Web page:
Foreign Encounters and Informal Diplomacy in Early Modern Japan

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Foreign Encounters and Informal Diplomacy in Early Modern Japan

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Title: Foreign Encounters and Informal Diplomacy in Early Modern Japan
Author: Howell, David L
Citation: Howell, David L. 2014. “Foreign Encounters and Informal Diplomacy in Early Modern Japan.” The Journal of Japanese Studies 40 (2): 295–327. doi:10.1353/jjs.2014.0075.
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Abstract: The apparent inevitability of Tokugawa Japan’s opening to the West in 1854 has naturalized the story of how a series of overtures from the late eighteenth century onward culminated in Commodore Matthew Perry’s successful mission. This essay proposes to disrupt that teleology through an examination of the differing responses of officials and commoners to a minor incident in 1824, which brought English whalers into contact with ordinary Japanese. The analysis places the incident both within domestic foreign policy debates and in a Pacific World that existed beyond the reach of any state.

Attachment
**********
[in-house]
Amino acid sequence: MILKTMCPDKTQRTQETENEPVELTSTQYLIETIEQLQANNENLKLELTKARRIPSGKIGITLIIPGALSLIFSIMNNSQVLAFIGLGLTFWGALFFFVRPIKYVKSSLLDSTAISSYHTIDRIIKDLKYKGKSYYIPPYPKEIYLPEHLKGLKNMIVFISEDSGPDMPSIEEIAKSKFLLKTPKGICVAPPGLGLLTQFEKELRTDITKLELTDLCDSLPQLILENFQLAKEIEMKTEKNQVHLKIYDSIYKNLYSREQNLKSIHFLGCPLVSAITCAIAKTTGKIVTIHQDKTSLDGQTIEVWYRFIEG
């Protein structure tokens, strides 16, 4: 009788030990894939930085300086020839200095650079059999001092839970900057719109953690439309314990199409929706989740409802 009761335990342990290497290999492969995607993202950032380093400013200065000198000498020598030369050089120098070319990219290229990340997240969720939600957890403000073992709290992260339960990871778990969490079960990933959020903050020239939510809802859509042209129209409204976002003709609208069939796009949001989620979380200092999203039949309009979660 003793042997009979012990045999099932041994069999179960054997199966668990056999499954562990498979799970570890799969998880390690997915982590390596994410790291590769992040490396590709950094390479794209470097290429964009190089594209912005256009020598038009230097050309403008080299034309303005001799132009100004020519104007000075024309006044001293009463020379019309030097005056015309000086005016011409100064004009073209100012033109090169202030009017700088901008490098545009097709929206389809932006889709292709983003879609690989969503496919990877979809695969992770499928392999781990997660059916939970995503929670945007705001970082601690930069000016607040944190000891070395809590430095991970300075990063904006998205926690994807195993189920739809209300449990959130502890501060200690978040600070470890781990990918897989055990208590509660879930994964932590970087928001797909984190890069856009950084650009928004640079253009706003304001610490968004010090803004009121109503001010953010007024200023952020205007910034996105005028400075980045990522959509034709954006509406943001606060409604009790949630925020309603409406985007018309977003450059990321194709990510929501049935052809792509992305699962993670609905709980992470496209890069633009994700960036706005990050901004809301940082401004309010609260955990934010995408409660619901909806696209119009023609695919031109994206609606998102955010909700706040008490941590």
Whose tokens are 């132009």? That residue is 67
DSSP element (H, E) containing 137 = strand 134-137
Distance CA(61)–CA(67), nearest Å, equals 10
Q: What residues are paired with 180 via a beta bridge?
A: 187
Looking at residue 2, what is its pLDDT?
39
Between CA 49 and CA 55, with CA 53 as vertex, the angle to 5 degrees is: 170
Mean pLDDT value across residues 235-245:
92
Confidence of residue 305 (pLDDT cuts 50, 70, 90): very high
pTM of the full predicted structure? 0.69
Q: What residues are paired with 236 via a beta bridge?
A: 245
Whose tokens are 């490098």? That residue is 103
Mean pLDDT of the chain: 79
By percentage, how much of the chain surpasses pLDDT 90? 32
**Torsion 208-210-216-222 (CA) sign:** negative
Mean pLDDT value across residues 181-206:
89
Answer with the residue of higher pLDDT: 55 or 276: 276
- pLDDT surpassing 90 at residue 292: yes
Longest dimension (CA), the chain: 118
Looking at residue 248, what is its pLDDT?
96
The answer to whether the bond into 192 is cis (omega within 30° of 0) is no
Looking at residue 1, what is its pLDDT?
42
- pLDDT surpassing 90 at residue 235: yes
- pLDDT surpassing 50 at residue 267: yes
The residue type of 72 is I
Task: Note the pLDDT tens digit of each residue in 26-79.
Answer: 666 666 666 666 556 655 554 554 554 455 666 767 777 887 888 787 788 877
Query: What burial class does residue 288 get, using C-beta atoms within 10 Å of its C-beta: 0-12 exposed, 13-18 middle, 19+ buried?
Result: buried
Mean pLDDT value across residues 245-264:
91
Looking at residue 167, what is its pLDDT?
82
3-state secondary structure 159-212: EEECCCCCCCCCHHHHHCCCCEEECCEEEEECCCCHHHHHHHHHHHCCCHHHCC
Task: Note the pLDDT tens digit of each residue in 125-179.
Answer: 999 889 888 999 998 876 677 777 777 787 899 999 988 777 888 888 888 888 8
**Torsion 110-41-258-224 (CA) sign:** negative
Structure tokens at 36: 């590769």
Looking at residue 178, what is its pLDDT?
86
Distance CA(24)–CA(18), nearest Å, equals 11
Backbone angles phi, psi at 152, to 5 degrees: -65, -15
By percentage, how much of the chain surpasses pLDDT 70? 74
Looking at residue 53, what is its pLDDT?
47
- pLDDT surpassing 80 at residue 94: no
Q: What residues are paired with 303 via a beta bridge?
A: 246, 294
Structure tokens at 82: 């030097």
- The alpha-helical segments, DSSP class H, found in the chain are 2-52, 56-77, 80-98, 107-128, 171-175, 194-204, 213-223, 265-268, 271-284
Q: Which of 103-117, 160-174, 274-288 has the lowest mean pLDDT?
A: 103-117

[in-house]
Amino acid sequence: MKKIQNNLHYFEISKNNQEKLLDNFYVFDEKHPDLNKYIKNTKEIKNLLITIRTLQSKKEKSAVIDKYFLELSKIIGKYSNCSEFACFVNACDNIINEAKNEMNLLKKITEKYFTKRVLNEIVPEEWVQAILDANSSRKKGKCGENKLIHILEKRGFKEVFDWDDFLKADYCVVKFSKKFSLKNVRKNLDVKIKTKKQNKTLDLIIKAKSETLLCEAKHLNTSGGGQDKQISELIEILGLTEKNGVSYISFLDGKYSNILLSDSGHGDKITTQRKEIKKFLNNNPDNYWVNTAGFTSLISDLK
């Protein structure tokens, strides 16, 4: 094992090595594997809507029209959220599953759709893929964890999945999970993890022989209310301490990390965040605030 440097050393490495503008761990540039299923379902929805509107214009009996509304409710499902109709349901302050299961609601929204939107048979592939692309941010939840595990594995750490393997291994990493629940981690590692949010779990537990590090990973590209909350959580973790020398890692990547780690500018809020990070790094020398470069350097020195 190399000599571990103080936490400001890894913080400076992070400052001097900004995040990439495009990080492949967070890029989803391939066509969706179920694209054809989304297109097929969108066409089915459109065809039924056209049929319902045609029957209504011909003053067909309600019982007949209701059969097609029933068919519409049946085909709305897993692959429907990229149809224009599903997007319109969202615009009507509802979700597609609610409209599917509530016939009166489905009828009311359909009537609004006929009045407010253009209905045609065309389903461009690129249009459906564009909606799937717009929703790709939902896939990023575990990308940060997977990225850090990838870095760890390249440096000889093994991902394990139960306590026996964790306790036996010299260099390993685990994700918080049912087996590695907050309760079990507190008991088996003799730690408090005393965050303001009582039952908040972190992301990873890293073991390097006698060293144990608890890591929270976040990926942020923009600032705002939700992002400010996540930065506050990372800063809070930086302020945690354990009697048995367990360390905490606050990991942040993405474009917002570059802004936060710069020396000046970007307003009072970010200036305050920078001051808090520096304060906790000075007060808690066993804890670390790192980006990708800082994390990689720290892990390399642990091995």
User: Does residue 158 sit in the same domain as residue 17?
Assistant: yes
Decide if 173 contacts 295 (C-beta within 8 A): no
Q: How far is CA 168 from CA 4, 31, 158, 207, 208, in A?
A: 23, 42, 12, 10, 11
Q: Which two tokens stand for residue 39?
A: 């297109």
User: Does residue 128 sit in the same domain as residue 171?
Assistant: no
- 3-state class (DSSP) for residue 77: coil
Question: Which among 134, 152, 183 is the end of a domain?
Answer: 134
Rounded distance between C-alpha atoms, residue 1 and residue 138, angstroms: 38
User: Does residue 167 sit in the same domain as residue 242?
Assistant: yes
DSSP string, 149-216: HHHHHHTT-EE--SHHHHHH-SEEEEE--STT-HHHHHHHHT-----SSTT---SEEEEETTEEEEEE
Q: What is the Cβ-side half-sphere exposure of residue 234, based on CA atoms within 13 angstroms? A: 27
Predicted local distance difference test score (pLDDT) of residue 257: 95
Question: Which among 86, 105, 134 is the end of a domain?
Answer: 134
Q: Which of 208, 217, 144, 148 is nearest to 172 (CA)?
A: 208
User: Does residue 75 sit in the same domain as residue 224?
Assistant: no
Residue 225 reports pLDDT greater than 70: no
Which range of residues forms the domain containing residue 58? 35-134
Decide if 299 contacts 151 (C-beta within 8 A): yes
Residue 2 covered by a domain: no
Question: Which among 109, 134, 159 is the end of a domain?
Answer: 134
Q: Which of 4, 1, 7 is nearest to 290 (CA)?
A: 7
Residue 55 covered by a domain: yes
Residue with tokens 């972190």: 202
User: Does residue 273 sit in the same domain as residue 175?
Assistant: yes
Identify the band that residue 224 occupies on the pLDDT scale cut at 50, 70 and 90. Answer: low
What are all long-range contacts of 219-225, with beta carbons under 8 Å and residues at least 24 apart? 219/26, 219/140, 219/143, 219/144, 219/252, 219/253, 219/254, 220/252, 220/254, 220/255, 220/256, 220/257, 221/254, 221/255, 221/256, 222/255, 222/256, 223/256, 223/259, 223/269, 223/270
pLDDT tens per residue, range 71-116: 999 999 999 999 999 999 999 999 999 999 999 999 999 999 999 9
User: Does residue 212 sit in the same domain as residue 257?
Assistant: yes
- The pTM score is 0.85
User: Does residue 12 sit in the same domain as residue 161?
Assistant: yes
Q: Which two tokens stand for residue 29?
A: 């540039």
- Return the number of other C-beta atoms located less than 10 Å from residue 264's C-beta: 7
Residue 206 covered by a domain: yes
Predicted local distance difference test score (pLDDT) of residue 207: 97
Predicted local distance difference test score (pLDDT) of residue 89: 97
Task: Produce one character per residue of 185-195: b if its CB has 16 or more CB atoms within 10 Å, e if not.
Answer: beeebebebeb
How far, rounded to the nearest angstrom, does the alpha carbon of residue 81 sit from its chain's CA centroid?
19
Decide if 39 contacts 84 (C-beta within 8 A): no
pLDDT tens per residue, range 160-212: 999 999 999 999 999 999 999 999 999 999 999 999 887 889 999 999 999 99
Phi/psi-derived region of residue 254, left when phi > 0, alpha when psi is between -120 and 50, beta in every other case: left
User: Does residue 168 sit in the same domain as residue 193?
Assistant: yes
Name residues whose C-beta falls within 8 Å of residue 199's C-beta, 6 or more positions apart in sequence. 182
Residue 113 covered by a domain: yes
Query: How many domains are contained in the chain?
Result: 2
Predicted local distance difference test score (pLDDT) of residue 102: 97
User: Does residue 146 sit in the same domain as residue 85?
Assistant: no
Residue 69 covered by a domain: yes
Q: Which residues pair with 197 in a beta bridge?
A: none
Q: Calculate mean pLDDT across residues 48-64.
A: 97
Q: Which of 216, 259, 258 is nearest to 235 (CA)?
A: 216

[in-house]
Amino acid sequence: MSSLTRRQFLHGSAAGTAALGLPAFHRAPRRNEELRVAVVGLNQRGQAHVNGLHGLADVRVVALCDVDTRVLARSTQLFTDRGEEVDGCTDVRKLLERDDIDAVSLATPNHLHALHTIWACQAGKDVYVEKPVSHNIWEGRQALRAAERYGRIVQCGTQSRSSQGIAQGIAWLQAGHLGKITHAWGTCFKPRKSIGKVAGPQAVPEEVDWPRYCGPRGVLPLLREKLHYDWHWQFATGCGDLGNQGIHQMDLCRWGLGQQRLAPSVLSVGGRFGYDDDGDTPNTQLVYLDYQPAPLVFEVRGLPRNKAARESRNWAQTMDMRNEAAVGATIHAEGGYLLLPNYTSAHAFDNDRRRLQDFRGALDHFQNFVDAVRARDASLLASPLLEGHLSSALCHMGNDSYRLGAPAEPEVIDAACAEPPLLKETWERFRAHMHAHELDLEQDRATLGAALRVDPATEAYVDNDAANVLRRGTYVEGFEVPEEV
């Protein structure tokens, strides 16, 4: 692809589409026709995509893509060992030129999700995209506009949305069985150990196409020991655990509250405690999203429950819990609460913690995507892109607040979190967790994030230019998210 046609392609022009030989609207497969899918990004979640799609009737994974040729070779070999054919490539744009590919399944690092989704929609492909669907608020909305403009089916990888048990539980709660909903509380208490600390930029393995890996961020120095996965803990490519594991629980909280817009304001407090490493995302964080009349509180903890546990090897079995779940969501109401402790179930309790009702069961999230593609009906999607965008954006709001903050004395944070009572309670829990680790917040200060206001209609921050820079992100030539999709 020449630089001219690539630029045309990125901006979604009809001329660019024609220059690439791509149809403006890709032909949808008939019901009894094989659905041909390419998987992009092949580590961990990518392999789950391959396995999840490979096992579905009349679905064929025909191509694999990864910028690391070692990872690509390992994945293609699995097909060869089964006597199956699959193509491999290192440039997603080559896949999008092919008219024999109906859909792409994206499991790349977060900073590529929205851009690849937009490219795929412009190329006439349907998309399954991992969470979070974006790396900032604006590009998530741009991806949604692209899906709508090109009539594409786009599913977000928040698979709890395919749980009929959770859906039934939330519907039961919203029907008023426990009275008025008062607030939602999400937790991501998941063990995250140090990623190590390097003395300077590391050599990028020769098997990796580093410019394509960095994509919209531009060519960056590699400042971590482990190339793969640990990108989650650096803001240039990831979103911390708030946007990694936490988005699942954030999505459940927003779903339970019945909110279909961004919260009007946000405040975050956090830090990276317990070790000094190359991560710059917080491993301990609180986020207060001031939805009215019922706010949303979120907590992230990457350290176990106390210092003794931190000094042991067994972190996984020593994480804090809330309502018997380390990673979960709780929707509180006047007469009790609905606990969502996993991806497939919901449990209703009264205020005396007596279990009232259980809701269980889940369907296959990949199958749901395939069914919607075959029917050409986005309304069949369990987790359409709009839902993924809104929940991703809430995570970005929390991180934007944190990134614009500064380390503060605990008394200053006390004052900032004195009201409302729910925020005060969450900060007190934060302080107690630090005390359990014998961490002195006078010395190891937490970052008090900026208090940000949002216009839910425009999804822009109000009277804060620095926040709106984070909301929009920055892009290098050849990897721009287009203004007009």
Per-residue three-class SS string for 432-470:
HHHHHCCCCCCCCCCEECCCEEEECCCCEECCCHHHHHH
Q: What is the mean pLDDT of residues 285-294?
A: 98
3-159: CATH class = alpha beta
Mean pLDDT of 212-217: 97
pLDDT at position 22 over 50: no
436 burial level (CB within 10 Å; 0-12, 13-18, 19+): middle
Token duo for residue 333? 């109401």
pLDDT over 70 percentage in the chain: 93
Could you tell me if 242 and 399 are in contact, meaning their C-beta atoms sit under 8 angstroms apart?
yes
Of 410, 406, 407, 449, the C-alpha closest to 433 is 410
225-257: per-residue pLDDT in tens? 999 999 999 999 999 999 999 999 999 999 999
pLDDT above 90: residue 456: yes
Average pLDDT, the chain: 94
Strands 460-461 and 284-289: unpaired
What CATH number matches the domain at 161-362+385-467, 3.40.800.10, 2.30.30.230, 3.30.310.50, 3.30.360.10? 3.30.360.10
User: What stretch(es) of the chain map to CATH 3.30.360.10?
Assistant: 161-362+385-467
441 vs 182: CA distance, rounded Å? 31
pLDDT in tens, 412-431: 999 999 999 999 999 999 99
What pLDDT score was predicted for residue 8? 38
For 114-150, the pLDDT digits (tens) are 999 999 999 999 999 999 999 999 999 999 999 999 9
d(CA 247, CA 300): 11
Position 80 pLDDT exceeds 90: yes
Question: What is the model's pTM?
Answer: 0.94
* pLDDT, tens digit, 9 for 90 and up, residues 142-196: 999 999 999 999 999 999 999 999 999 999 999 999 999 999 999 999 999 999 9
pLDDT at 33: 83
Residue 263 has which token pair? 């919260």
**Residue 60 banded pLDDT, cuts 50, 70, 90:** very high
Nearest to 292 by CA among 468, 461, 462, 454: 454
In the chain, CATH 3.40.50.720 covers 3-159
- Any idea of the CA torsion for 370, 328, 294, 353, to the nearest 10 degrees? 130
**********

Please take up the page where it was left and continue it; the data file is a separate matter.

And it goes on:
Published Version: doi:10.1353/jjs.2014.0075
Citable link to this page: http://nrs.harvard.edu/urn-3:HUL.InstRepos:33373338
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